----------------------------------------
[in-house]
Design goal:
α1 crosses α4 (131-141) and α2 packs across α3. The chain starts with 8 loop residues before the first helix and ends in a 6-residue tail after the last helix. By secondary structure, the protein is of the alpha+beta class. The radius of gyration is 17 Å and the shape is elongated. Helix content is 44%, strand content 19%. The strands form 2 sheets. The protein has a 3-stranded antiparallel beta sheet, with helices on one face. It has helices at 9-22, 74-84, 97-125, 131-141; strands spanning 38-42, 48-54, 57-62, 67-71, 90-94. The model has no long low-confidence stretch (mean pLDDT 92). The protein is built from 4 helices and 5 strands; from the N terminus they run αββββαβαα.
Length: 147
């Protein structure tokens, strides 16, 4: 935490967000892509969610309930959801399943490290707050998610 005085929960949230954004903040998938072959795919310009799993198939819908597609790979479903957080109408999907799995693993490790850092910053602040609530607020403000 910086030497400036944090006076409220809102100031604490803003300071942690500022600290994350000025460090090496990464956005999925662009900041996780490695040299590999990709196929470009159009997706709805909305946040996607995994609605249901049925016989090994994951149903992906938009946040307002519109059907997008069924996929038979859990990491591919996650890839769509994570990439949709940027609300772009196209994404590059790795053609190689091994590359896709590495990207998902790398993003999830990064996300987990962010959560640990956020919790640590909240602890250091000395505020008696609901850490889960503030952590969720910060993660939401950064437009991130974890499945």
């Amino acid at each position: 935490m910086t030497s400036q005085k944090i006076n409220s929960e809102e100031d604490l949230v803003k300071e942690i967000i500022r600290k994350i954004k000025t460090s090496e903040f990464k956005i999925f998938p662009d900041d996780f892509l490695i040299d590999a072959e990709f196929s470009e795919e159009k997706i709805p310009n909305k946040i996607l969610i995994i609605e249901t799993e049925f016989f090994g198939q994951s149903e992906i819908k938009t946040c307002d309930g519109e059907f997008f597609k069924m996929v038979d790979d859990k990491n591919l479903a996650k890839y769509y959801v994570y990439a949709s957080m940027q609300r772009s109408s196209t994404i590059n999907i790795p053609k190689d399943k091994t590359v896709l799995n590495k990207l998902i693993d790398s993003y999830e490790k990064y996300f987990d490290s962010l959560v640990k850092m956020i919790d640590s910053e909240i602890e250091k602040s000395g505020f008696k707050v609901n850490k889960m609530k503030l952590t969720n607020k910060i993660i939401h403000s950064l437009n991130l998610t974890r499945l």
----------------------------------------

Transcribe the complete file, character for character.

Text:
[in-house]
Design goal:
α1 crosses α4 (131-141) and α2 packs across α3. The chain starts with 8 loop residues before the first helix and ends in a 6-residue tail after the last helix. By secondary structure, the protein is of the alpha+beta class. The radius of gyration is 17 Å and the shape is elongated. Helix content is 44%, strand content 19%. The strands form 2 sheets. The protein has a 3-stranded antiparallel beta sheet, with helices on one face. It has helices at 9-22, 74-84, 97-125, 131-141; strands spanning 38-42, 48-54, 57-62, 67-71, 90-94. The model has no long low-confidence stretch (mean pLDDT 92). The protein is built from 4 helices and 5 strands; from the N terminus they run αββββαβαα.
Length: 147
């Protein structure tokens, strides 16, 4: 935490967000892509969610309930959801399943490290707050998610 005085929960949230954004903040998938072959795919310009799993198939819908597609790979479903957080109408999907799995693993490790850092910053602040609530607020403000 910086030497400036944090006076409220809102100031604490803003300071942690500022600290994350000025460090090496990464956005999925662009900041996780490695040299590999990709196929470009159009997706709805909305946040996607995994609605249901049925016989090994994951149903992906938009946040307002519109059907997008069924996929038979859990990491591919996650890839769509994570990439949709940027609300772009196209994404590059790795053609190689091994590359896709590495990207998902790398993003999830990064996300987990962010959560640990956020919790640590909240602890250091000395505020008696609901850490889960503030952590969720910060993660939401950064437009991130974890499945």
């Amino acid at each position: 935490m910086t030497s400036q005085k944090i006076n409220s929960e809102e100031d604490l949230v803003k300071e942690i967000i500022r600290k994350i954004k000025t460090s090496e903040f990464k956005i999925f998938p662009d900041d996780f892509l490695i040299d590999a072959e990709f196929s470009e795919e159009k997706i709805p310009n909305k946040i996607l969610i995994i609605e249901t799993e049925f016989f090994g198939q994951s149903e992906i819908k938009t946040c307002d309930g519109e059907f997008f597609k069924m996929v038979d790979d859990k990491n591919l479903a996650k890839y769509y959801v994570y990439a949709s957080m940027q609300r772009s109408s196209t994404i590059n999907i790795p053609k190689d399943k091994t590359v896709l799995n590495k990207l998902i693993d790398s993003y999830e490790k990064y996300f987990d490290s962010l959560v640990k850092m956020i919790d640590s910053e909240i602890e250091k602040s000395g505020f008696k707050v609901n850490k889960m609530k503030l952590t969720n607020k910060i993660i939401h403000s950064l437009n991130l998610t974890r499945l």